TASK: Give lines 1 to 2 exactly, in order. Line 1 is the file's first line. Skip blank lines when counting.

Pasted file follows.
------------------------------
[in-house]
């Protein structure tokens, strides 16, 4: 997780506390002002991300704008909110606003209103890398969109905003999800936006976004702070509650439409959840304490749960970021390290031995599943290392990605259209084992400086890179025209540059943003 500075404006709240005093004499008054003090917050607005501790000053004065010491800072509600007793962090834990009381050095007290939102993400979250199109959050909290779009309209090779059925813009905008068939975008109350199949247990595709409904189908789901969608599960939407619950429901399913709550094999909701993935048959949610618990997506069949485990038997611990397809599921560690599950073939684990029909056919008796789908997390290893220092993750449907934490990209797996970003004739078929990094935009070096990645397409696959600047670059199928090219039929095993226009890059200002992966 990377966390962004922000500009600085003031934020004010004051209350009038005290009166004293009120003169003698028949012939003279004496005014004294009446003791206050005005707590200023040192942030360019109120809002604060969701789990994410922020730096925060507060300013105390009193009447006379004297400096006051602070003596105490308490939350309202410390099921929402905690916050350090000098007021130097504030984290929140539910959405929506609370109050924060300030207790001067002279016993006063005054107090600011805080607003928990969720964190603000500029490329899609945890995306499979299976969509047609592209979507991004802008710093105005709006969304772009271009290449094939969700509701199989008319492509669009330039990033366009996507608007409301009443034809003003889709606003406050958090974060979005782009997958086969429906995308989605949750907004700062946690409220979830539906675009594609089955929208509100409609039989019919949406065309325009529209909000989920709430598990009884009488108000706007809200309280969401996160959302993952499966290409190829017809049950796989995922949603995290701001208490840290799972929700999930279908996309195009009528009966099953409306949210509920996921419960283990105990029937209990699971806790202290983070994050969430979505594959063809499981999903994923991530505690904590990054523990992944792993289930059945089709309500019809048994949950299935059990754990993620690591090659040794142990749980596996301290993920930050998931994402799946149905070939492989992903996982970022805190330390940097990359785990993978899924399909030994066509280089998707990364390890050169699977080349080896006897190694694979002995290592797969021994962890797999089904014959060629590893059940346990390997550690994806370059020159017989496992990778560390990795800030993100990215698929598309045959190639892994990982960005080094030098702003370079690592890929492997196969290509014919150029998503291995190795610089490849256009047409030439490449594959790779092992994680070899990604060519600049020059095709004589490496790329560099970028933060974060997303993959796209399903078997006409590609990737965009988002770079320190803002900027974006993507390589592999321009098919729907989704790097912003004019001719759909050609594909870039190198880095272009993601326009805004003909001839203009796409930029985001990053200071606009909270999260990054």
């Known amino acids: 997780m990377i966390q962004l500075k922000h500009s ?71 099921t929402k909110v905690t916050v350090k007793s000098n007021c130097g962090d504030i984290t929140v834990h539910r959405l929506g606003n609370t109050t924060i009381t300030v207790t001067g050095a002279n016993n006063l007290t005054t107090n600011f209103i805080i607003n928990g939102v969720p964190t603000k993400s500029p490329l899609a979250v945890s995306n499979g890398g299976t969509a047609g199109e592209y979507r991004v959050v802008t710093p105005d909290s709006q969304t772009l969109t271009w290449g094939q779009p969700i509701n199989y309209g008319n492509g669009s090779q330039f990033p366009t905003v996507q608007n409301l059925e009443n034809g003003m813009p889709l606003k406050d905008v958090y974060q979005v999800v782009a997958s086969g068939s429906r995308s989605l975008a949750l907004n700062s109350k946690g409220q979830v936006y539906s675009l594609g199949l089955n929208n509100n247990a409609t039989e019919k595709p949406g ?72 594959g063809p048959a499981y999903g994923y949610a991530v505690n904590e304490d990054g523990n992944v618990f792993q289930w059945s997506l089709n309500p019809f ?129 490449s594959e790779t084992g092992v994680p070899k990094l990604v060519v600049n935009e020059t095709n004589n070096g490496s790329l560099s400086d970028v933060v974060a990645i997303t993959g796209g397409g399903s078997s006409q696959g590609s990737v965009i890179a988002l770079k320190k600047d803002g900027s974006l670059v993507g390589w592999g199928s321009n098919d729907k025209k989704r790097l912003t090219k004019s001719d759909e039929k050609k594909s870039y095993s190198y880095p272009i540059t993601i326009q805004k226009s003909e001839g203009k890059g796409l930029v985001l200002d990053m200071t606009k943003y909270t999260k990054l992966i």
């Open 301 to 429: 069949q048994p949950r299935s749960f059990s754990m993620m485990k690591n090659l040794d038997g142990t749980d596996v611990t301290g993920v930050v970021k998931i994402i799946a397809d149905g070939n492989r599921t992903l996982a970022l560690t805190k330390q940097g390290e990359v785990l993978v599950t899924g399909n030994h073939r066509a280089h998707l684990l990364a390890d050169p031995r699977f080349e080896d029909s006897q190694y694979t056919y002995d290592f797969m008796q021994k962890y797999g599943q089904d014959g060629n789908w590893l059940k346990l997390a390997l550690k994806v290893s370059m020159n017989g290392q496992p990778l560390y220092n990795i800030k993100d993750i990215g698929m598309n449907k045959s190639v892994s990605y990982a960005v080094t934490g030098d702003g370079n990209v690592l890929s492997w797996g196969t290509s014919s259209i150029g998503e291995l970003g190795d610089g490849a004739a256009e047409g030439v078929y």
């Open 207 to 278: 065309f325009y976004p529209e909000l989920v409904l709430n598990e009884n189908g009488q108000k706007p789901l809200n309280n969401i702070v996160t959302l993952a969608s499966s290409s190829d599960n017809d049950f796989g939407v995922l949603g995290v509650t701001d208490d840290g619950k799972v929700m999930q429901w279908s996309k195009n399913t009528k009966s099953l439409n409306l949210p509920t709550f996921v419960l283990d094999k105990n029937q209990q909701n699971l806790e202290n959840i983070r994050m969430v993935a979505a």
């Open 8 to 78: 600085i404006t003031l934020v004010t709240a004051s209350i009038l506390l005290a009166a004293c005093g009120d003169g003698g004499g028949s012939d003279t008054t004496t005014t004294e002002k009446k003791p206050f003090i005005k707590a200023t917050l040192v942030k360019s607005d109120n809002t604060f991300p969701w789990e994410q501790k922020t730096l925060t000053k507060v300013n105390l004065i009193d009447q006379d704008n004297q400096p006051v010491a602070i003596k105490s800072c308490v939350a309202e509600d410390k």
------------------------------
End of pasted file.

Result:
[in-house]
């Protein structure tokens, strides 16, 4: 997780506390002002991300704008909110606003209103890398969109905003999800936006976004702070509650439409959840304490749960970021390290031995599943290392990605259209084992400086890179025209540059943003 500075404006709240005093004499008054003090917050607005501790000053004065010491800072509600007793962090834990009381050095007290939102993400979250199109959050909290779009309209090779059925813009905008068939975008109350199949247990595709409904189908789901969608599960939407619950429901399913709550094999909701993935048959949610618990997506069949485990038997611990397809599921560690599950073939684990029909056919008796789908997390290893220092993750449907934490990209797996970003004739078929990094935009070096990645397409696959600047670059199928090219039929095993226009890059200002992966 990377966390962004922000500009600085003031934020004010004051209350009038005290009166004293009120003169003698028949012939003279004496005014004294009446003791206050005005707590200023040192942030360019109120809002604060969701789990994410922020730096925060507060300013105390009193009447006379004297400096006051602070003596105490308490939350309202410390099921929402905690916050350090000098007021130097504030984290929140539910959405929506609370109050924060300030207790001067002279016993006063005054107090600011805080607003928990969720964190603000500029490329899609945890995306499979299976969509047609592209979507991004802008710093105005709006969304772009271009290449094939969700509701199989008319492509669009330039990033366009996507608007409301009443034809003003889709606003406050958090974060979005782009997958086969429906995308989605949750907004700062946690409220979830539906675009594609089955929208509100409609039989019919949406065309325009529209909000989920709430598990009884009488108000706007809200309280969401996160959302993952499966290409190829017809049950796989995922949603995290701001208490840290799972929700999930279908996309195009009528009966099953409306949210509920996921419960283990105990029937209990699971806790202290983070994050969430979505594959063809499981999903994923991530505690904590990054523990992944792993289930059945089709309500019809048994949950299935059990754990993620690591090659040794142990749980596996301290993920930050998931994402799946149905070939492989992903996982970022805190330390940097990359785990993978899924399909030994066509280089998707990364390890050169699977080349080896006897190694694979002995290592797969021994962890797999089904014959060629590893059940346990390997550690994806370059020159017989496992990778560390990795800030993100990215698929598309045959190639892994990982960005080094030098702003370079690592890929492997196969290509014919150029998503291995190795610089490849256009047409030439490449594959790779092992994680070899990604060519600049020059095709004589490496790329560099970028933060974060997303993959796209399903078997006409590609990737965009988002770079320190803002900027974006993507390589592999321009098919729907989704790097912003004019001719759909050609594909870039190198880095272009993601326009805004003909001839203009796409930029985001990053200071606009909270999260990054």